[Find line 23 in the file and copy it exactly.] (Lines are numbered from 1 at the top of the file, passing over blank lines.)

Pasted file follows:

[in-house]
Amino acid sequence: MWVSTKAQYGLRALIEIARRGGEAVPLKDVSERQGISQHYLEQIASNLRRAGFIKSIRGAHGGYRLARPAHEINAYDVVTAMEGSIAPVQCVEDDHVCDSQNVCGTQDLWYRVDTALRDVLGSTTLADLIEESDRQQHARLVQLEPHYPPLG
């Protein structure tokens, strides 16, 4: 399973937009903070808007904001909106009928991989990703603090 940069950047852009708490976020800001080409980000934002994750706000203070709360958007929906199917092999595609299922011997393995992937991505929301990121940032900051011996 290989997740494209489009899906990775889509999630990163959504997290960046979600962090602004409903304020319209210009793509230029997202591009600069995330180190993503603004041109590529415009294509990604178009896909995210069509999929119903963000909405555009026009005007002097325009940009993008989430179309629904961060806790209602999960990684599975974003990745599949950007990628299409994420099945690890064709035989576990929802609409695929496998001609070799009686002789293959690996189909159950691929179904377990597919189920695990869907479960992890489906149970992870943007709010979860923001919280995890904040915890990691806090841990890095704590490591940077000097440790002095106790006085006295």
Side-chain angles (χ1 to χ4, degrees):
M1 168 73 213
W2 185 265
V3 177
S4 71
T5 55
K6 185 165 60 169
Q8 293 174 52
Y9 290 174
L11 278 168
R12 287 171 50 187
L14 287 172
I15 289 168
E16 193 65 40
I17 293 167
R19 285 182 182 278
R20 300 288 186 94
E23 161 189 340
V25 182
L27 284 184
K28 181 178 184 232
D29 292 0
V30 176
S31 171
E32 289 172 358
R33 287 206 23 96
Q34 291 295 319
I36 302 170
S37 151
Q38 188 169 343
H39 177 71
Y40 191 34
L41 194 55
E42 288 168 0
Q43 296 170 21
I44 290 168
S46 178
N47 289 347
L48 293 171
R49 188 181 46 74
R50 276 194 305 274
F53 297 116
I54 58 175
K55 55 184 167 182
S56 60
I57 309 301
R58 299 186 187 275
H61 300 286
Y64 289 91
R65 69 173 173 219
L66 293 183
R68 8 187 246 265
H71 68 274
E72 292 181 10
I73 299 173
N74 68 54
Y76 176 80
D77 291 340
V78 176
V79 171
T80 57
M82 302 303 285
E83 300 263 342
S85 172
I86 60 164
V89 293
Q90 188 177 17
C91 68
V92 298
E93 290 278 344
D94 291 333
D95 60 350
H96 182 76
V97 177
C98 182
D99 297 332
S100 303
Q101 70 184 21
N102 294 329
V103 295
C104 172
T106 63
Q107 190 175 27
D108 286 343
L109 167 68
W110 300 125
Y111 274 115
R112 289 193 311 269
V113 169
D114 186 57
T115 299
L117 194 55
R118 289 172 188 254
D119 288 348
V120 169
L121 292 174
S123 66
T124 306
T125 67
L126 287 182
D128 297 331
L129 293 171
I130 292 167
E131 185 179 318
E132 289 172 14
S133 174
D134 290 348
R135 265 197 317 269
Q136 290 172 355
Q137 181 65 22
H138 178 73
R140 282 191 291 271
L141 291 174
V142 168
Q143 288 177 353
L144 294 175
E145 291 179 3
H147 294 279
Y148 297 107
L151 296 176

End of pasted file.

L27 284 184